Pope Francis has made his most specific and critical statement about families headed by same-gender couples by stating that children should be raised “in the complementarity of the masculinity and femininity of a father and a mother.”
The Advocate’s Michael O’Loughlin reported that the remarks were made in the context of an address to a delegation from the International Catholic Child Bureau. The pope’s comments, in context, were:
“it is necessary to emphasize the right of children to grow up within a family, with a father and a mother able to create a suitable environment for their development and emotional maturity. Continuing to mature in the relationship, in the complementarity of the masculinity and femininity of a father and a mother, and thus preparing the way for emotional maturity.”
Pope Francis further stated:
“Working for human rights presupposes keeping anthropological formation alive, being well-prepared regarding the reality of the human person, and knowing how to respond to the problems and challenges posed by contemporary cultures and mentalities that are spread by the mass media. . . .
“At times it is necessary to flee; at times it is necessary to stop to protect oneself; and at times one must fight. But always with tenderness.”
For those who have been lifted up by the pope’s more positive remarks on LGBT issues, these new words will come as a shock. Though the pontiff has been developing a reputation as being progressive, many have warned all along that his thinking on women and gender have needed development. Since the heart of these remarks focus on the outdated concept of “gender complementarity,” it seems reasonable to attribute these remarks, in part, to this blind spot of his.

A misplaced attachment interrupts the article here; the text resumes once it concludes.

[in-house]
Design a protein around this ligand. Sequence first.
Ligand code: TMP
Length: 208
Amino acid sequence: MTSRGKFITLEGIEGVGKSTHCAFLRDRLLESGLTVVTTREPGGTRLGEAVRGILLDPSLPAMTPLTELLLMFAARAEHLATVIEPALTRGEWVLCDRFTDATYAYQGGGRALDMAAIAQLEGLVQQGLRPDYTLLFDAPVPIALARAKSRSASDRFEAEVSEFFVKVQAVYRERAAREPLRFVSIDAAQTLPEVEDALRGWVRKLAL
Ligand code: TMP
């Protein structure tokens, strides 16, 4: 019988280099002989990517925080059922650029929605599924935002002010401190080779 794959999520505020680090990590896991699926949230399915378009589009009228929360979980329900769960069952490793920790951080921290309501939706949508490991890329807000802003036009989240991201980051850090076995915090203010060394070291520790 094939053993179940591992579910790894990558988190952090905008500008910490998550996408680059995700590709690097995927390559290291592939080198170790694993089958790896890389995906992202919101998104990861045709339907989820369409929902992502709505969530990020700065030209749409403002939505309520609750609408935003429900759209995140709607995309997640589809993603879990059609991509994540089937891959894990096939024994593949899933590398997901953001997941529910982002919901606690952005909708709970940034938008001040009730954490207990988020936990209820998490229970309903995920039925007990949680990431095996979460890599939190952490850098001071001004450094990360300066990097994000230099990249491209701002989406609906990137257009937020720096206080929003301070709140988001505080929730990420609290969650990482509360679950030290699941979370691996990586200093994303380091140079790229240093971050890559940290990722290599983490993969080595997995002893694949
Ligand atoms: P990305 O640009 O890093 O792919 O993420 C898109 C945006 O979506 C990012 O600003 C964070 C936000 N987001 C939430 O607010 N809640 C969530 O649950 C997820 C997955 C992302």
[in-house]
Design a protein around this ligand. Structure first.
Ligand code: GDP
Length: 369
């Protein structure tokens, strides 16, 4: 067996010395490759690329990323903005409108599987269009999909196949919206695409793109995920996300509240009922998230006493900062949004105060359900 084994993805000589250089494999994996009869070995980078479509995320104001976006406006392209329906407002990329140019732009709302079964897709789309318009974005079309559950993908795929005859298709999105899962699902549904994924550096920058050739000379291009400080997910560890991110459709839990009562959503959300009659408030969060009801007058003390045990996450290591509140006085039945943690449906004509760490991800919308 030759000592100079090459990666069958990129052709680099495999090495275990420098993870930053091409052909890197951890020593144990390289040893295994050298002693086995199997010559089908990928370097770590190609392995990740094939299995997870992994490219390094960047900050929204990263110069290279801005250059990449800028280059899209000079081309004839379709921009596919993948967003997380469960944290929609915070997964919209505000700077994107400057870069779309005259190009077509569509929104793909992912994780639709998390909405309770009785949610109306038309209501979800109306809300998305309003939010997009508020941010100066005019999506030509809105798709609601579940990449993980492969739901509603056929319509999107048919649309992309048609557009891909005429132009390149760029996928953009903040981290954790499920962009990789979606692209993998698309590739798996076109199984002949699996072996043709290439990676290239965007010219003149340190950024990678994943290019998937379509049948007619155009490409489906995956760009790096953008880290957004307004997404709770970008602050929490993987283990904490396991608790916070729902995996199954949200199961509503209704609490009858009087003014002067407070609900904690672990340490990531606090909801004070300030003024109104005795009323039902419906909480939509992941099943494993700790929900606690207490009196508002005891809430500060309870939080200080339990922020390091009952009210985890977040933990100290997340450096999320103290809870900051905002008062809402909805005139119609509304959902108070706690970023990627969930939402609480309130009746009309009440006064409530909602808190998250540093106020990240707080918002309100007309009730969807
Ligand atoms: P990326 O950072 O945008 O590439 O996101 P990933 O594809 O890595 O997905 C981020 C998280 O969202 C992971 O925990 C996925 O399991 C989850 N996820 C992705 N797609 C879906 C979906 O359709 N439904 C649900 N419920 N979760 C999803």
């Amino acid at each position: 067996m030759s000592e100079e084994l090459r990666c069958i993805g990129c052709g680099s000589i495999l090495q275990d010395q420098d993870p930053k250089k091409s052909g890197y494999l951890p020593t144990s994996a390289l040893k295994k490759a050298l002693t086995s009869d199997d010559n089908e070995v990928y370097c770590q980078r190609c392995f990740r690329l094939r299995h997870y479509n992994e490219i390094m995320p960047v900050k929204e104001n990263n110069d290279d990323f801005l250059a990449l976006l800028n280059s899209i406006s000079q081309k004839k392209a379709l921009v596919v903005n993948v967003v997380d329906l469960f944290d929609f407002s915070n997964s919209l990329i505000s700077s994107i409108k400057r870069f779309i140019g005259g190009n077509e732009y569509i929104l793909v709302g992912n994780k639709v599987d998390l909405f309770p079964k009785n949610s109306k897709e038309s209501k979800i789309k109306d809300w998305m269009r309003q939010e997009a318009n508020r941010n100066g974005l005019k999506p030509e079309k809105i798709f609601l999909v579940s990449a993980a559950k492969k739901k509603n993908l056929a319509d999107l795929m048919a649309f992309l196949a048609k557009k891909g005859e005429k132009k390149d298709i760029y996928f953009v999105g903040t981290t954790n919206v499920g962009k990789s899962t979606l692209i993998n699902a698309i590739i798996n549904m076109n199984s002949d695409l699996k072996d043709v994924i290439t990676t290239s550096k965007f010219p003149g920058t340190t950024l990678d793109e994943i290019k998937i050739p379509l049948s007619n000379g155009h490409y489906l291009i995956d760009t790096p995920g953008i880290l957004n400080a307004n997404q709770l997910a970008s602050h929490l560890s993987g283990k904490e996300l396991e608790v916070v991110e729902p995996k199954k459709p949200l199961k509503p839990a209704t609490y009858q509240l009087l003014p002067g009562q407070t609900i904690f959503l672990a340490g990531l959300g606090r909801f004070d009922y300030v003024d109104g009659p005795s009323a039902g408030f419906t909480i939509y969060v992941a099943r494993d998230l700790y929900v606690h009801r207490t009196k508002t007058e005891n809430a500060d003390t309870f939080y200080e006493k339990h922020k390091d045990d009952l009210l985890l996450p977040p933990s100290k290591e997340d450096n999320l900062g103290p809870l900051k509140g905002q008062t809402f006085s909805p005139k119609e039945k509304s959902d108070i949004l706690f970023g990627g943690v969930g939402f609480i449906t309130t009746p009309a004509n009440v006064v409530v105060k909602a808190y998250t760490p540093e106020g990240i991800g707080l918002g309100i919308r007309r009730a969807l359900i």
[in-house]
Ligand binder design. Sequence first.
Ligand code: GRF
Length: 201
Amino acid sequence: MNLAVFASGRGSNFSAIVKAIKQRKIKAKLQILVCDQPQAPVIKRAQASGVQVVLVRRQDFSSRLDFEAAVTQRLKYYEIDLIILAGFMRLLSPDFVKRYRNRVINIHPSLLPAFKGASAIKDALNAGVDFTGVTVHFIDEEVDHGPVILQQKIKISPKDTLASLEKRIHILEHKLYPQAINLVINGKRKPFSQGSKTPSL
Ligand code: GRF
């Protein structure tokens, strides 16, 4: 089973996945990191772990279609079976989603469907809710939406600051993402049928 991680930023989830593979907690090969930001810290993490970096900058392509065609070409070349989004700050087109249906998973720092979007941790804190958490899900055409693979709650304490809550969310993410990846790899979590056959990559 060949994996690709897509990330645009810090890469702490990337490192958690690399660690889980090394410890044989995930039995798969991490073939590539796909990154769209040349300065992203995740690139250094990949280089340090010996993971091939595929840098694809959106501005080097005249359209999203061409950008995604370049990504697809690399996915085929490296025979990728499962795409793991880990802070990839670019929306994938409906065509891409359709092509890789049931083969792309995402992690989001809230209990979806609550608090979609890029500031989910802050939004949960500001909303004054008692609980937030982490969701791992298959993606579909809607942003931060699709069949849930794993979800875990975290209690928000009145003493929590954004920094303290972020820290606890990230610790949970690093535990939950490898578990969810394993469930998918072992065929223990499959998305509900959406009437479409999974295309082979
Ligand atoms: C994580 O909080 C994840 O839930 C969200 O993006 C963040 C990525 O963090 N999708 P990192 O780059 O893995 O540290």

Regardless of its origin in the pope’s thinking, this remark shows that Francis still needs to learn a lot about LGBT people and their families. That’s the bad news. The good news is that he seems open to learning more about sexuality and gender issues, witnessed in his call for lay people to provide their opinions on marriage and family issues in anticipation of the October 2014 synod on those topics.
This new statement seems to be stated in the typical style that Pope Francis has used over the past year: while he expresses support for heterosexual marriage and family structures, he definitely avoids any direct attacks against LGBT people and relationships. It sometimes seemed that his predecessor, Pope Benedict XVI, went out of his way to criticize and condemn LGBT issues. That is not Pope Francis’ style. In a recent general audience he spoke about the beauty of heterosexual marriage, but did not use the praise of that institution as an occasion to explicitly disparage same-gender relationships. Here’s what he said at the Vatican on April 2nd, according to Religion News Service:
“When a man and a woman celebrate the sacrament of marriage, God is reflected in them. . . .
“As ‘one flesh’, they become living icons of God’s love in our world, building up the Church in unity and fidelity. The image of God is the married couple — not just the man, not just the woman, but both.”
He appears to be using the same strategy in the new example of praising families about headed by heterosexual couples. We don’t see him using accusations that children raised by same-gender couples experience “violence,” as Benedict often said. Instead, Francis remains silent on the topic.
While silence is not ideal, it is a welcome relief, and a good first step. But it is also not enough. While Francis has made some exciting and encouraging statements, some of them have been ambiguous, allowing some to develop strange interpretations, and sometimes forcing people to guess at what he meant.
Pope Francis could clear this up by making a clear, strongly positive statement on LGBT issues which will clear up any doubt about where he stands on these matters. Of course, we would most like him to speak clearly and forcefully against anti-LGBT laws that are being enacted around the globe. Or he could support employment rights for LGBT people working in Catholic institutions. A statement of support to LGBT youth who experience bullying and other forms of violence would also be helpful. (What kind of statement would you want the pope to make? Write your thoughts in a “Comment” to this post.)
If he needs any help formulating such statements, we are glad to help him. He can just give us a phone call–something that we know he likes to do!
–Francis DeBernardo, New Ways Ministry